The other two will resolve themselves in the next six months. Losing two or three guys between now and Signing Day would be somewhat low amount of attrition for anyone, let alone a team radically changing its offense and defense.
What do they do with the last four spots?
IA WR Amara Darboh – via Public Paul & Media
They clearly need at least one WR after taking none last year and seeing the previous year's class whittled down to just Jerald Robinson and Drew Dileo. One of the other three spots appears ticketed for a sixth OL.
The last two are wild cards. It seems like they've thrown in the towel on acquiring another quarterback and the only running back they're seriously involved with is Bri'onte Dunn, an Ohio State commit. They've stepped up the chase for cornerbacks Armani Reeves and Yuri Wright recently. Even if that has something to do with Terry Richardson's wandering eye, both Wright and Reeves have said Michigan had a change of heart and wants another corner in the class.
And then there's NT, which currently has Ondre Pipkins but is still desperately thin. In-state prospect Danny O'Brien is a consensus four star who has all manner of folk working on him; if there's a spot still he's at least 50-50 to take it.
So your final four or five spots:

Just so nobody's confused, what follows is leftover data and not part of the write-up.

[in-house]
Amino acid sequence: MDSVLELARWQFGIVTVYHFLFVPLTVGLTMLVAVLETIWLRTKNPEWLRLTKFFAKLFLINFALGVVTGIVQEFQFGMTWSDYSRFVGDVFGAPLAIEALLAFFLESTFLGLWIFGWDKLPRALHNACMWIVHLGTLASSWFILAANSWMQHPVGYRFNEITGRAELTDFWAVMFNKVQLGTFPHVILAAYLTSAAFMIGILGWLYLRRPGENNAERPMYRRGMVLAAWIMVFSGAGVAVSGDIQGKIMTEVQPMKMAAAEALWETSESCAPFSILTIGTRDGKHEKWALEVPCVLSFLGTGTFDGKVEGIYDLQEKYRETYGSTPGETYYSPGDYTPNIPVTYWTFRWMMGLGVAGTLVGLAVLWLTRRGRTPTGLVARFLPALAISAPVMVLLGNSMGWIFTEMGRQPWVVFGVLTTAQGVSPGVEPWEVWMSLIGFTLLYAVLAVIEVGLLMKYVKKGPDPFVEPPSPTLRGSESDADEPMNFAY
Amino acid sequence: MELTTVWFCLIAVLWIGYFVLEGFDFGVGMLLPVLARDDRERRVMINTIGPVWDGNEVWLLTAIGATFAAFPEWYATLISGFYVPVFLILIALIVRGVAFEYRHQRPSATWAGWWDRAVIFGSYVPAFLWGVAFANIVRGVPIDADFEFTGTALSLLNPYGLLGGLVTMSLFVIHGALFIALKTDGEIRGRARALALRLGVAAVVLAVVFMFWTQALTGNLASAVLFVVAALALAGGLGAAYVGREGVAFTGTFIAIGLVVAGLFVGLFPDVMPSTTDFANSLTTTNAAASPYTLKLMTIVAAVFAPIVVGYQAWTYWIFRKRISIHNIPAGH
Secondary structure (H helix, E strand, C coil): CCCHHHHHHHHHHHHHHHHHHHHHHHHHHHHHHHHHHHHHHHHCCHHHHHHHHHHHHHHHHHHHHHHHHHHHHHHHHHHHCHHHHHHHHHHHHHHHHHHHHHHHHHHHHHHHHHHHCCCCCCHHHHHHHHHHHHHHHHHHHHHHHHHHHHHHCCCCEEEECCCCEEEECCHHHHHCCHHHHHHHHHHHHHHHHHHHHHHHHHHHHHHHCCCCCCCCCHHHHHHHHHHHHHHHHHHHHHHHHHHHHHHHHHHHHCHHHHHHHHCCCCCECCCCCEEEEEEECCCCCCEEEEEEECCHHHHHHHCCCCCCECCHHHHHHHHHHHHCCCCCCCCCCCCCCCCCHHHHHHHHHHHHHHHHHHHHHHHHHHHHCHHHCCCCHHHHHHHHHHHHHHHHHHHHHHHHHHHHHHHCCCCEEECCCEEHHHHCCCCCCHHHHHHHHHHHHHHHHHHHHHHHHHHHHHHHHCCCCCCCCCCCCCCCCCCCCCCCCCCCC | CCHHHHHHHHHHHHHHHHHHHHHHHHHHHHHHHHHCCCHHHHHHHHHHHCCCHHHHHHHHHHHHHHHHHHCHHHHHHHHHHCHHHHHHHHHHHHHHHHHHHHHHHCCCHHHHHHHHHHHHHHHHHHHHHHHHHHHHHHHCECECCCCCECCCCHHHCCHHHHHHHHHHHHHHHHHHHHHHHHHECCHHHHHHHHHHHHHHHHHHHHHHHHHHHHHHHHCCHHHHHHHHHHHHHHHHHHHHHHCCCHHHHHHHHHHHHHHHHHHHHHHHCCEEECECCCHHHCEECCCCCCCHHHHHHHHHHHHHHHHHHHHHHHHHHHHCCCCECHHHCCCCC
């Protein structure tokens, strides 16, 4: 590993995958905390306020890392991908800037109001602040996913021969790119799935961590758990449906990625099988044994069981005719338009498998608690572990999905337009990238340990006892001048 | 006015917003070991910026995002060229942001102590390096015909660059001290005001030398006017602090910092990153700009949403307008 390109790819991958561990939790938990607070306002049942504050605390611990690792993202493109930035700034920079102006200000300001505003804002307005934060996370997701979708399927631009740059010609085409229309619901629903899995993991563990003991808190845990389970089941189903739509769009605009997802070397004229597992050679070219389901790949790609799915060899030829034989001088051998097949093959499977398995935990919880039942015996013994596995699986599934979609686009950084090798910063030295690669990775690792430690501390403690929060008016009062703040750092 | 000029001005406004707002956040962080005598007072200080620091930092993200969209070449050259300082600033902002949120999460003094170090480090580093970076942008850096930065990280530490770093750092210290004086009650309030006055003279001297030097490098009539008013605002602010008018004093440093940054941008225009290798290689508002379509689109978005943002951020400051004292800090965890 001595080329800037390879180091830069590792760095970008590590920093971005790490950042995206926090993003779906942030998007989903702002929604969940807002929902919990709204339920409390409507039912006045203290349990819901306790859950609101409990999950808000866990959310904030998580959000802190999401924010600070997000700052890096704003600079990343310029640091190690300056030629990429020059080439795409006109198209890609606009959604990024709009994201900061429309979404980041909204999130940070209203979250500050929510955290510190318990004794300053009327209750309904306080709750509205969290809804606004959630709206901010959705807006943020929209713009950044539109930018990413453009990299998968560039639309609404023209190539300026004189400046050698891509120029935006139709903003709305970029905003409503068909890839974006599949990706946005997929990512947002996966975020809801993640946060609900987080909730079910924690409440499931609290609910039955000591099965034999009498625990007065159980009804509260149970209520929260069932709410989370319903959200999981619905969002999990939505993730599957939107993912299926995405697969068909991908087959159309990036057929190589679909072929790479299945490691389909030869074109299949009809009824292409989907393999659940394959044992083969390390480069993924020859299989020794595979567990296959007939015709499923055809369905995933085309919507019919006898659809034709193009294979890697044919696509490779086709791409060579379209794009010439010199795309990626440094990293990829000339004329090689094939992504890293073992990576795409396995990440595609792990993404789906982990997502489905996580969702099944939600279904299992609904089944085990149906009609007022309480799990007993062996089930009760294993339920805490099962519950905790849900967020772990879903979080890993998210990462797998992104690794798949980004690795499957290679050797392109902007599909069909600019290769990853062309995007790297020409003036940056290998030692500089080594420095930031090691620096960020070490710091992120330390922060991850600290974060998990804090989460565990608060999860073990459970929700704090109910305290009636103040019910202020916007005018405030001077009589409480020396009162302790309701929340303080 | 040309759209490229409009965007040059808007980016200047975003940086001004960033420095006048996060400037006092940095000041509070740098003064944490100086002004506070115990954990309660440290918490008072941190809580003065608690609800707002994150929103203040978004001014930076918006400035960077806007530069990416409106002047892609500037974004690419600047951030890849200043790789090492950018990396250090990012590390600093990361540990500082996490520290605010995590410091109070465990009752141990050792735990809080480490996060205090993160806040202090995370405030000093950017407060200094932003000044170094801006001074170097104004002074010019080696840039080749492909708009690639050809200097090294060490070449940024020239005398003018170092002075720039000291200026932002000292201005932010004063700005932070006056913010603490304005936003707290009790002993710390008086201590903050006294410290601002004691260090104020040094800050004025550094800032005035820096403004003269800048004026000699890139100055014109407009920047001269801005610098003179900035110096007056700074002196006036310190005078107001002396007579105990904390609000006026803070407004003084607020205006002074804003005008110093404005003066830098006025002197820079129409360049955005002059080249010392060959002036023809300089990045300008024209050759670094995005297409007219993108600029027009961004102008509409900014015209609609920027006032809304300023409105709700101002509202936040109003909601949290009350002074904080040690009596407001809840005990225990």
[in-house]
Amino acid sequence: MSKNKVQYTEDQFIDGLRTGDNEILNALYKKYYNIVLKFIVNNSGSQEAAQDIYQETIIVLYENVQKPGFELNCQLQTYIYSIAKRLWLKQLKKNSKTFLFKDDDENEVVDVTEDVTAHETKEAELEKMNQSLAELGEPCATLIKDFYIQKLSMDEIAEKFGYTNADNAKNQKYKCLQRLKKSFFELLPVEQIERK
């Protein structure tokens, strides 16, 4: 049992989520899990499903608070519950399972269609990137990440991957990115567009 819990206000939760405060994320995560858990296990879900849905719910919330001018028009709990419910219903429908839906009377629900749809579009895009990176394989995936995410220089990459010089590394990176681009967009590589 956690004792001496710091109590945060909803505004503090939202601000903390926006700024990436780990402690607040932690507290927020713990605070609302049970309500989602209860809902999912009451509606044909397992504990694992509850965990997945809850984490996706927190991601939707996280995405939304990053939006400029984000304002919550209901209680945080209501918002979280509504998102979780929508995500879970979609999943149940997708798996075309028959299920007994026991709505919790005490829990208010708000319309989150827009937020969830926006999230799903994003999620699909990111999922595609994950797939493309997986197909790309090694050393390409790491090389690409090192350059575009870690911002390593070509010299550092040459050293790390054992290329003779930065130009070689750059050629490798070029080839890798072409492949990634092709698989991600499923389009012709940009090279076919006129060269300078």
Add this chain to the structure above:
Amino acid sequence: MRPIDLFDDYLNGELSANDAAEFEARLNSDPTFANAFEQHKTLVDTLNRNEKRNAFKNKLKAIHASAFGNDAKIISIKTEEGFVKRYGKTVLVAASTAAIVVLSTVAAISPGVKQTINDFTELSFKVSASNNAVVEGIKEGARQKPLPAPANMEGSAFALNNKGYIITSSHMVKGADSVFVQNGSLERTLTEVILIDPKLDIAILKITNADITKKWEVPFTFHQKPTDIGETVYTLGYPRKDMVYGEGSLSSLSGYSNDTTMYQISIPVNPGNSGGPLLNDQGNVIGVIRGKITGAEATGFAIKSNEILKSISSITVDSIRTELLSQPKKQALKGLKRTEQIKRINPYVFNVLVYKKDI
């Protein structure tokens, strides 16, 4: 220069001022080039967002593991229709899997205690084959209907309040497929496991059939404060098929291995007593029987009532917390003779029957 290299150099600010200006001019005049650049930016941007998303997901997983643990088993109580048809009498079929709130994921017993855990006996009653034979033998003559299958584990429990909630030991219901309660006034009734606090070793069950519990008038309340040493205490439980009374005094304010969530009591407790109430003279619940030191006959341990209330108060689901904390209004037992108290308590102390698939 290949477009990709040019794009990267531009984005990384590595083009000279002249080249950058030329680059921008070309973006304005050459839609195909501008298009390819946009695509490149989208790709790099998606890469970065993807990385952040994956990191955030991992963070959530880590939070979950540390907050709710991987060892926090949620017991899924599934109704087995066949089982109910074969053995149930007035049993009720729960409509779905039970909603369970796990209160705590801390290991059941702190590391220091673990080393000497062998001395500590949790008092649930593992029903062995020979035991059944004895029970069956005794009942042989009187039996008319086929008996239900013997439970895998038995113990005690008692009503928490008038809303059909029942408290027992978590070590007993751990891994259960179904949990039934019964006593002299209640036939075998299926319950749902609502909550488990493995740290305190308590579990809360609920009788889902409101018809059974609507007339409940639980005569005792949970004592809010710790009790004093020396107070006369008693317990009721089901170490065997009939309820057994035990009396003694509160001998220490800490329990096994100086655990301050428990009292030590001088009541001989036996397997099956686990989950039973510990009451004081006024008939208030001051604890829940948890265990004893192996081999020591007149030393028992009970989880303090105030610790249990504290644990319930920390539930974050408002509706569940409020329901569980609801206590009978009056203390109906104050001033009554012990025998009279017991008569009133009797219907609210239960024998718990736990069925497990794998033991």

- WR. As of two days ago this was a murky area with some vague options, but now Michigan appears to lead for IA WR Amara Darboh and CA WR Jordan Payton, both four stars. So let's make this one of them.
- WR. Probably the other. If not, a generic three star we haven't heard about yet.
- OL. With Jordan Diamond getting a little fuzzy about things this could be any one of a half-dozen guys, all of whom are highly rated. Likely to be another tackle but Josh Garnett, one of the top ranked guards in the country, is moving up his visit.
- DT/CB. Everyone wants the DT, I think, but Michigan is apparently recruiting corners again. Michigan's in the top two for Wright and top three for Reeves, though Reeves is set to announce and it looks like Penn State. Complicating factor: Wright wants to announce at the AA game.
- DT/CB/RB. If they get a fifth or sixth spot chances are they'll focus on skill position players, a second NT (if they did not already acquire one), or another corner.
What class rank will Michigan end up with?